In recent years, the AMA Government Affairs team has been working diligently with Congress and the FAA to advocate for our hobby in the face of new federal regulations and continuing threats at the state-level. We have pushed back on overly burdensome proposals while working cooperatively with policymakers to protect the ability of our members to continue operating safely and responsibly.
To demonstrate the importance of recent years, and to better illustrate the Government Affairs team’s advocacy on your behalf, we have put together a timeline of notable events beginning in the fall of 2018 with the passage of the FAA Reauthorization Act of 2018 to today. During this time, AMA worked with Air Traffic Control to secure altitudes over 400 feet for flying sites in controlled airspace, reduced the safety and knowledge test from a four-hour test to a 10-minute learning experience and thanks to your support, championed over 50,000 comments during the proposed remote ID rule’s comment period.
The timeline below includes a broad overview of some of the highlights of the past couple of years to show how far we have come and the developments we are preparing for in the future.
Congress passed the FAA Reauthorization Act of 2018, also known as Public Law 115-254. This legislation included new requirements for all UAS operators, including AMA members, some of which AMA championed. For example, this bill removed the five-mile airport notification ring, which was a burdensome and often misinterpreted mandate. In addition, it more clearly defined community-based organizations (CBOs) and tasked the FAA with formally recognizing CBOs to give organizations like AMA a more prominent role in shaping future regulation. Furthermore, Congress allocated up to $1 million to help support education campaigns like Know Before You Fly, which AMA co-founded.
AMA lead the first stakeholder meeting with the FAA, in conjunction with the Consumer Technology Association (CTA) to advise the FAA on the best approach to move forward with future recreational UAS regulations as directed by Congress. This meeting was a critical step to advocate for our community and protect against unnecessary and burdensome regulations. At the meeting, we discussed safety and knowledge tests for recreational model aircraft and drone operators, the process for recognizing CBOs, and the importance of striking the appropriate balance between innovation and safety. We also began securing Letters of Agreement (LOAs) for AMA clubs and airports to continue operations in controlled airspace.
While summer is typically a slower time in Washington, in summer 2019, the AMA Government Affairs team and Executive Council continued their hard work behind the scenes attending meetings with legislators on Capitol Hill and policymakers at the FAA to discuss ongoing regulatory efforts.
AMA co-chaired an FAA testing panel on the safety and knowledge test for recreational operators. As a result of AMA’s advocacy efforts, the safety and knowledge test was reduced from a four-hour test to a 10-minute learning experience During this time, AMA began working with Air Traffic Control to secure LOAs and ensure operations over 400 feet for clubs with flying sites in controlled airspace. AMA continues to work with the FAA in this process and advocate for our clubs and members.
AMA tracked and monitored 362 proposed state bills that sought to restrict model aircraft and drone operations. By actively engaging state legislators, we were able to stop inconvenient legislation from gaining traction or reshape proposals to be more favorable to our hobby. In addition, AMA met with FAA Administrator Dan Elwell to discuss new threats to our hobby including the FAA’s policy to limit modelers to an arbitrary 400-foot altitude limit in controlled airspace. This meeting was an important milestone in our work to protect AMA members and model aviation as the agency implements Section 349 of the FAA Reauthorization Act of 2018. AMA formed the AMA Government Advocacy Coalition, a coalition that includes aviation associations, hobby shops, and manufacturers, to protect the model aviation hobby industry from overly burdensome regulations, starting with the fight for a better rule on remote identification of UAS. The coalition provides strength in numbers and shows AMA is not alone in its concerns with remote ID and other potentially oppressive regulations.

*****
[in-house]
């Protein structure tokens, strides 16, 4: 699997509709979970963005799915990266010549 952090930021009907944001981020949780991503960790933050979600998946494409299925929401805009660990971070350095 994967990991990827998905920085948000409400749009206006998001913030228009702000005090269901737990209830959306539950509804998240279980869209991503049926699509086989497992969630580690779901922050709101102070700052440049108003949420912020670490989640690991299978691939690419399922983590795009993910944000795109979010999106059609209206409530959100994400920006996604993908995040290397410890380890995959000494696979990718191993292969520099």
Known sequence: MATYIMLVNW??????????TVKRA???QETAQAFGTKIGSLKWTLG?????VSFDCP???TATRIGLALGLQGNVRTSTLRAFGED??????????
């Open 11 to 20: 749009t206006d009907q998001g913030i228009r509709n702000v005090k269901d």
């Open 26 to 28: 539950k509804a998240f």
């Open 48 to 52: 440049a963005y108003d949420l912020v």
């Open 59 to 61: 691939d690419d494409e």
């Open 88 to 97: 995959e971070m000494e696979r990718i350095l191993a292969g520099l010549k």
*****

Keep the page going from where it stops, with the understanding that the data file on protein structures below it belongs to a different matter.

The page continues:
The focus of this past spring was primarily the Notice of Proposed Rulemaking on Remote ID, released by the FAA in late December 2019. The 60-day comment period began on January 2 and ended March 2. The comment period was critical for AMA to advocate heavily for important changes to the proposed rule to protect our hobby for generations to come. As a part of this effort, AMA championed thousands of comments on the remote ID NPRM. In total, the FAA received more than 50,000 comments, many of which were from AMA members and AMA allies. Currently, the FAA is in the process of reviewing those comments. We are told the recreational community had a large impact and identified issues with the rule that will need better solutions.
While some efforts have been altered given the pandemic and its impact on advocacy, this summer AMA continues to secure higher altitudes for clubs and flying fields in controlled airspace up to 2,000 feet above ground level. We continue to work closely with Air Traffic Control and the FAA to ensure our members in controlled airspace can fly safely and responsibly as they have done for many years. AMA is also continuing its work with UAS industry stakeholders, the FAA, and Congress towards a more sensible remote ID solution.